Power Quality, Problems & Solutions

By: Alison Campbell

Businesses and organisations are now totally dependent on electricity to run their data and voice processing systems. Power failures - short or long - can be devastating if they are not protected by UPS (uninterruptible power supplies).

However, a lesser-known threat - but equally troublesome - is that of power quality and problems in supply.

The causes of power quality issues are usually environmental: weather phenomenon (local lightning strikes and electrical storms), heavy loads being switched into and out of the supply; load shedding; cable and switchgear faults and sometimes interference from radio transmission equipment. They can cause hardware to lock, fail or re-boot resulting in equipment wear-and-tear and lost or corrupted data.

Power Problems

Sags are common: short-duration voltage reductions below the mains supply level that can last for several seconds. One of the most common causes is switching heavy loads (air-conditioners, motors, industrial machinery) into and out of the local electricity circuit.

Conversely, the same issues can cause surges, which are short-duration voltage increases above the mains power level, which can also last for several seconds. When voltages rise above the acceptable input window of a PSU (power supply unit), for example, built-in cut-out protection activates resulting in a system crash.

Brownouts are less common now but may become more frequent as demand for electricity continues to increase. They are classified as long-term reductions in mains power supply that can typically last for several days and compromise the effectiveness of other equipment, such as lighting.

Spikes and Transients are fast-moving, high-energy bursts (some in excess of 6kVA) lasting only a few milliseconds, superimposed onto a normal mains power supply. Their intensity can cause damage to circuit boards, processors, memory loss and data corruption. Possible causes are lightning strikes, electrical storms, local load shedding, relay-based thermostats and inductive motor loads.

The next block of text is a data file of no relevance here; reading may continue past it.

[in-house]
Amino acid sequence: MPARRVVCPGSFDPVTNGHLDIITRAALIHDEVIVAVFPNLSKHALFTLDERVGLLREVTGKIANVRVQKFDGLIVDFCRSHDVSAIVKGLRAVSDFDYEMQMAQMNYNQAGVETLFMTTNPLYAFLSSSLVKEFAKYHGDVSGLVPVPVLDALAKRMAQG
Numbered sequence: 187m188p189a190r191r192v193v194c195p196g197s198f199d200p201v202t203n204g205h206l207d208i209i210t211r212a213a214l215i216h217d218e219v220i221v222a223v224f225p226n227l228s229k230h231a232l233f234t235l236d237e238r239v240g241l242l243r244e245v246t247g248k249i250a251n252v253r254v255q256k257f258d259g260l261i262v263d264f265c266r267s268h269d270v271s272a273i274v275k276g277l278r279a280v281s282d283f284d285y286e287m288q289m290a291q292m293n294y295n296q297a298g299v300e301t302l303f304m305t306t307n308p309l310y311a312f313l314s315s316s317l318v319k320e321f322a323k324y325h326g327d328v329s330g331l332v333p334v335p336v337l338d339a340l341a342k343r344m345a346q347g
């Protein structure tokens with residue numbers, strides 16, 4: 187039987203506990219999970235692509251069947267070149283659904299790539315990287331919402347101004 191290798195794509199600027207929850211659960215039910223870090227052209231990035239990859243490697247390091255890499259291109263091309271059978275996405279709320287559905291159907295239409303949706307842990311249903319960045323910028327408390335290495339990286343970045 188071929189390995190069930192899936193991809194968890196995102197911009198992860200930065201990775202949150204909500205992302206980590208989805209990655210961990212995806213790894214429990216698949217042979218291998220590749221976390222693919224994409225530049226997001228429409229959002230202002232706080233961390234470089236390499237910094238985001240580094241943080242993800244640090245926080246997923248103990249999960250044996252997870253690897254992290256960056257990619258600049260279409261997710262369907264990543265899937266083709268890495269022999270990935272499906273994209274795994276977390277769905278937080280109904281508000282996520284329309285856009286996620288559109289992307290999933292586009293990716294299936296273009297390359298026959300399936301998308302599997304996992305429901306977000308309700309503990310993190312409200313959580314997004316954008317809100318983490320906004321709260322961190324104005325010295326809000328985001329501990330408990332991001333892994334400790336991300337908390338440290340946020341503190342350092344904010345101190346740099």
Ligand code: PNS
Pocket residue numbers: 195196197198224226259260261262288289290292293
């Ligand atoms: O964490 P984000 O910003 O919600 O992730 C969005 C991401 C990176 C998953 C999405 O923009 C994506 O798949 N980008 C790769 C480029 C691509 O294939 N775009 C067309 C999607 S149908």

Electrical Noise, which is a high-frequency sound, can be caused by flickering lights, cable and switchgear faults and occasionally interference from electronic equipment such as radio transmitters.

Harmonic pollution is a growing problem. Within the UK it is addressed by Engineering Recommendation G5/4-1, published by the Energy Networks Association. Harmonics are current and voltage waveforms, the frequencies of which are not in harmony with the fundamental which in Europe is 50Hz. Harmonics will create multiples of the fundamental and can cause wiring circuits and other electrical equipment to overheat and occasionally ignite.

An effective UPS solution should contain filters and frequency conditioners that shield and protect upstream equipment and attached loads from power quality problems. But power protection should always begin with a power quality review to asses the actually quality of mains supply and the level required. This should also include future demands, sources of alternative power on site and priority-based load shedding and shutdown.

For more information on power quality issues and how they can be addressed through the strategic use and implementation of UPS, see The Power Protection Guide , written by Robin Koffler and Jason Yates of Riello UPS and published by entiveon, or visit .

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